Speaking in a conference hall in front of nearly 500 deputies, including the highest-ranking officials, plus the press and knowing voter expectations, deputies must overcome great psychological pressures. NA deputies can’t always give up the right of speaking to others to sit back and listen to others because they have been elected to represent the people.

Inexperienced deputies can train themselves gradually. They can speak at groups first, and then at the meeting hall. In the beginning, they can read from papers and then they can speak freely. They can contribute opinions to build bills and then make presentations about social-economic issues or question government officials.

VNN: A leader of the NA Office said that in recent NA session, the press “stimulated” some NA deputies to work more actively. The interaction between the media and NA deputies seems to get stronger. How about you because sharing information with the media means you are under the supervision of the press?

Thuyet: To date, the press has always had a positive influence on the assembly as an important source of information for congressmen and in transmitting representatives’ opinions to the people.

Through the press, an NA deputy can know the hottest issues and the pressure of public opinion. This pressure is great. For example, when a matter emerges but deputies who are experts in that field doesn’t raise their voice, how would they be viewed?

VNN: You have been interviewed by many international news agencies. Is it more complicated than speaking to local media?

Thuyet: The first time I received a phone call from a foreign reporter who asked to interview me. I was quite surprised because I don’t know how they found my mobile number.

If I refuse an interview or answer incompletely, they may think that Vietnamese representatives are not free and that may affect the country’s image. So, I often accept interviews by foreign reporters.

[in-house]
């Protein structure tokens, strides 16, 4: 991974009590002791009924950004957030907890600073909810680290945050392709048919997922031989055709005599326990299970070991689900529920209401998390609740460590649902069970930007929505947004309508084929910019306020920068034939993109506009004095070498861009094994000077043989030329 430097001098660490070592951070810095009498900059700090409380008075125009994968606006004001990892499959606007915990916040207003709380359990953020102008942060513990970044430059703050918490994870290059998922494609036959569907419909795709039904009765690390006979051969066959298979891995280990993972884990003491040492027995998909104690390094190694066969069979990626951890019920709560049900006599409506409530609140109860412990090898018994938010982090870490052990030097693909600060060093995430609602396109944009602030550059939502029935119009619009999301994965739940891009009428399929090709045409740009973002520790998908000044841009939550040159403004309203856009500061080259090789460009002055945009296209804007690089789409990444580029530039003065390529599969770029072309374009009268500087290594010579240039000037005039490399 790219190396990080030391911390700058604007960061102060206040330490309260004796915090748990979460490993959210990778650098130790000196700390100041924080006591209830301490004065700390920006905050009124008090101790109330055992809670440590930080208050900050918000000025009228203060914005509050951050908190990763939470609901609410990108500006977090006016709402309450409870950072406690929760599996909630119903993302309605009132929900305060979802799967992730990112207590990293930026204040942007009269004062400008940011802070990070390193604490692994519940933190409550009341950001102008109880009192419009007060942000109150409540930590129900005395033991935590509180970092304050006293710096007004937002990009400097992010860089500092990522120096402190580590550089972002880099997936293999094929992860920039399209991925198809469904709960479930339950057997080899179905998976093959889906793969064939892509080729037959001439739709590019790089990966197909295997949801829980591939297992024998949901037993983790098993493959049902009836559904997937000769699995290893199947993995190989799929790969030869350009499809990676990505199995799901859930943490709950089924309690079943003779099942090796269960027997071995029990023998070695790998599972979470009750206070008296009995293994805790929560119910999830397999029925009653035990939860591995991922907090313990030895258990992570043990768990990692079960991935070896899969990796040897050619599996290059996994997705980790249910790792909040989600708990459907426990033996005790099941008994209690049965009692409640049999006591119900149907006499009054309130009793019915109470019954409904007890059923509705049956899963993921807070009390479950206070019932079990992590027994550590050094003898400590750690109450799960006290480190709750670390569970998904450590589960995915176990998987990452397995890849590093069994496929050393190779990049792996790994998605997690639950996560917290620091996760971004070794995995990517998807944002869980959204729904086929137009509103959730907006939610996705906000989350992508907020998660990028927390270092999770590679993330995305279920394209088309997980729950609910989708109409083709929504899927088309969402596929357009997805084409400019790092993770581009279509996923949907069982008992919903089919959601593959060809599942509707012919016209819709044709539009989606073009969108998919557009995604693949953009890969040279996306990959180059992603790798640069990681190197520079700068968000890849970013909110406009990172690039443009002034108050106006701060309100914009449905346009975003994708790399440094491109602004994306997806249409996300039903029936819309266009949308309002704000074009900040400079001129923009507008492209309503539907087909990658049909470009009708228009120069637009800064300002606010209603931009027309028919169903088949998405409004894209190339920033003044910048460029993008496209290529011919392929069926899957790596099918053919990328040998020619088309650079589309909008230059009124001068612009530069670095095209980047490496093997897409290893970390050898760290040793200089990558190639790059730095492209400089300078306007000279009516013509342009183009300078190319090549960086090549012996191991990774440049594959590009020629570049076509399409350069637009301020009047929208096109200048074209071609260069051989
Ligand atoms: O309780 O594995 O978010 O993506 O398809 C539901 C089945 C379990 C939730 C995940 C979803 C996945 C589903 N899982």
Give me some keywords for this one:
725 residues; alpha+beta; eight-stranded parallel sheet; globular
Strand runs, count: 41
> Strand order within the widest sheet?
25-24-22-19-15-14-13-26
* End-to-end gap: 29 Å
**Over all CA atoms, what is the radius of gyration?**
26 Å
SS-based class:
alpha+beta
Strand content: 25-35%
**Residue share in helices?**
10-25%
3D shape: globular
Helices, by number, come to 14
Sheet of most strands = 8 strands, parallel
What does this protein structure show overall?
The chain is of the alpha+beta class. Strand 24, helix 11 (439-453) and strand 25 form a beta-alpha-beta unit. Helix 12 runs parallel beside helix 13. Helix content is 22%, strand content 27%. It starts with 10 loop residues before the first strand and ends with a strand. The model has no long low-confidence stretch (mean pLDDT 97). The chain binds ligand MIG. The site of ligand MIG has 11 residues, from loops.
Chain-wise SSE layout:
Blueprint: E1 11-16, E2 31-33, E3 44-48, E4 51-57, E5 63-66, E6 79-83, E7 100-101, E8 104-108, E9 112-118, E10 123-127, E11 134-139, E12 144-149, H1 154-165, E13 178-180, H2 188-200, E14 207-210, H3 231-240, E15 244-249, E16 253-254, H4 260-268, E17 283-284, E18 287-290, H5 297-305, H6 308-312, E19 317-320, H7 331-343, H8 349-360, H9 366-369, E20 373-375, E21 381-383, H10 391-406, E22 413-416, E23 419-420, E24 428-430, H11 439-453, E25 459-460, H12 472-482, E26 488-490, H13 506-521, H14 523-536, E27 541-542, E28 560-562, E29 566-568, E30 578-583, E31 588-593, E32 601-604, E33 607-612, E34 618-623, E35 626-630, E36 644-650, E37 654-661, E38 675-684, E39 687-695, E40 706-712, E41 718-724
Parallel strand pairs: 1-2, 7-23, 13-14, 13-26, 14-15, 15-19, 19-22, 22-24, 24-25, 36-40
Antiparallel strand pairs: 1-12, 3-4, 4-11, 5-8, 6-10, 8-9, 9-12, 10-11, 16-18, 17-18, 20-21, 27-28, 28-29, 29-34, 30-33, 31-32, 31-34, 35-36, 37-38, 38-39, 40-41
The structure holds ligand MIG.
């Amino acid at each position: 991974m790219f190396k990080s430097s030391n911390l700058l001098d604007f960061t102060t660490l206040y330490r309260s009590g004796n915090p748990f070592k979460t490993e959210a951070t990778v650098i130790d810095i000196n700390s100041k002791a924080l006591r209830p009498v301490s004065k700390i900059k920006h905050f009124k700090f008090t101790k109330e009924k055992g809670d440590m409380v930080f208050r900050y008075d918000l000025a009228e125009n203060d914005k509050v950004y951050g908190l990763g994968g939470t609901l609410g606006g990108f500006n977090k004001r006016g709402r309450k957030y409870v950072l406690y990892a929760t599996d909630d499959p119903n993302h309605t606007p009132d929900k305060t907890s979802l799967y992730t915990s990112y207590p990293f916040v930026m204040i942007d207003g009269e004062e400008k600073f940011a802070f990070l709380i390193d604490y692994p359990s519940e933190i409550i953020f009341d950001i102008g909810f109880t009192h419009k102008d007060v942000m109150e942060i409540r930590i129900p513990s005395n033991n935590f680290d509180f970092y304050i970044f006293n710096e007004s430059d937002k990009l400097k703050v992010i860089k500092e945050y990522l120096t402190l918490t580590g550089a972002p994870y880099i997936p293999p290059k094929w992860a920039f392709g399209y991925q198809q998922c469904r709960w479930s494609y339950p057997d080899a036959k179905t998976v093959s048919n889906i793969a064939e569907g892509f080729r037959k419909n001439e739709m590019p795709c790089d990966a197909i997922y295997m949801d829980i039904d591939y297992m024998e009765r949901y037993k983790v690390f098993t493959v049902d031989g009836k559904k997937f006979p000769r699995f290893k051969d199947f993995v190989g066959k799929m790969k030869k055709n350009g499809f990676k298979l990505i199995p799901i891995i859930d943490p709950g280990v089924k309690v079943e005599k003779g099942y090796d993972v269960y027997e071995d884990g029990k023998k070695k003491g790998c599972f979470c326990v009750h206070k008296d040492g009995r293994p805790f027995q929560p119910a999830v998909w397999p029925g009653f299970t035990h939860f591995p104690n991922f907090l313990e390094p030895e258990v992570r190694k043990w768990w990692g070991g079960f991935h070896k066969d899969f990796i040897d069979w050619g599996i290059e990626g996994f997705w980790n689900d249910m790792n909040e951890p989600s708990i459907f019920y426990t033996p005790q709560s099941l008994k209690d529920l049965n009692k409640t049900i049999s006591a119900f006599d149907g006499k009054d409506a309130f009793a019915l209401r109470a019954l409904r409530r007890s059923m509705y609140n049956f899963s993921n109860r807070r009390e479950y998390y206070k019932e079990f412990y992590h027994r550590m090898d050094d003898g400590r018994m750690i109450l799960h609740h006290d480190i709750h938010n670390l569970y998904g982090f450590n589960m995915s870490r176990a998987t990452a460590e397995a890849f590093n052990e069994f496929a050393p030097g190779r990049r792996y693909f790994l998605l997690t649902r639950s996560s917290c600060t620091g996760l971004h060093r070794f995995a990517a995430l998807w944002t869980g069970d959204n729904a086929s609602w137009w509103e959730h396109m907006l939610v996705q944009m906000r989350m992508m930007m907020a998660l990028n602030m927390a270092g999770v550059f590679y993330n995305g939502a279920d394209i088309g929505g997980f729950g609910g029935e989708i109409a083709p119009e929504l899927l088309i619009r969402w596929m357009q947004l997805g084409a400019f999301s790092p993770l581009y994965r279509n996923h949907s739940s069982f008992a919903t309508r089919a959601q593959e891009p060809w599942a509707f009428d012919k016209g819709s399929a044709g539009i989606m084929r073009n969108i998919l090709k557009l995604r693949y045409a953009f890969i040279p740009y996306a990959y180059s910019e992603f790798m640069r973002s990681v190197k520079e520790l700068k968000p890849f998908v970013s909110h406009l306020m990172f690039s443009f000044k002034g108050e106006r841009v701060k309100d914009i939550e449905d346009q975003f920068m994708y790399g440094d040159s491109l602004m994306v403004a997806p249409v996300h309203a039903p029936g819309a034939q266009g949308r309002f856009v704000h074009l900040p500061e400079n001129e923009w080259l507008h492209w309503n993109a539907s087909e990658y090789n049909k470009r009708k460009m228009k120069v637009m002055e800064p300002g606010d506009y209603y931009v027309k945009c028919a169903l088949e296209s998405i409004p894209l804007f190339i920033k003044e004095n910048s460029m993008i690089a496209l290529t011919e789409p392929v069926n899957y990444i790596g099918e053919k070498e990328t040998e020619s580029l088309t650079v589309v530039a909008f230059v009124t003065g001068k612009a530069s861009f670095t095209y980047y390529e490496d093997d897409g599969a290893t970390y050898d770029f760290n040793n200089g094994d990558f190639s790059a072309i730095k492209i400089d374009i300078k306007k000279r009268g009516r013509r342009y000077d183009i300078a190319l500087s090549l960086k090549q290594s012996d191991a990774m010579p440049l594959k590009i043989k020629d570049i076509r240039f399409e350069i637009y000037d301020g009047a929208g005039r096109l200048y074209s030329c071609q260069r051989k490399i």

When speaking with foreign reporters via phone, an official must be quick-witted and sharp and the answers must be always correct because we have no chance to proofread their articles.

VNN: What are the interesting aspects of being a congressman compared with being a vice-chief of a university?

Thuyet: Through nearly two NA terms, my understanding has improved significantly. The way I think of issues is broader. The NA is really a school.

The second benefit is the benefit for the common good. Sound opinions of NA deputies are more easily turned into policies than those of common people.

But there are great burdens on NA deputies to overcome themselves and they always feel great responsibility on their shoulders. Honestly, I didn’t feel well if I didn’t contribute anything to an NA session. Moreover, if you are a congressman, you have to preserve your image.

VNN: Is your life better as a congressman?

Thuyet: As an NA deputy, my social relations are broader and I can work more favorably with government agencies.

Some may know how to make use of these relations, but I don’t have that need. My children have grown up and they have had stable jobs, so I don’t depend on anyone for help. The money is quite sufficient for me. Furthermore, I’m easy to satisfy.

VNN: Is there any difference in your income when you are a congressman and a vice chief of university?

Thuyet: The income of congressmen in Indonesia and Cambodia is from $2-4 a month. In Vietnam, NA deputies are paid salaries like ordinary workers. Full-time deputies are paid like government officials, plus responsibility allowances commensurate with their position.

Besides the regular salary, NA deputies are paid an additional basic salary and allowance of 50,000 dong/day during the NA session.

As of this term, the NA allows full-time deputies to use a small amount of money for disadvantaged people in the province they represent. I often use my allowance for the disadvantaged during holidays or after natural calamities.

With their low salary, NA deputies can’t reward advisory experts. Luckily, all experts are enthusiastic supporters of public affairs and they never ask for money.

I will withdraw from the NA in the next term because I will be over 60 at that time. I have to quit to take care of my family and to write. Moreover, there are many young and talented people who are willing to shoulder this great responsibility.

Le Nhung

Provide by Vietnam Travel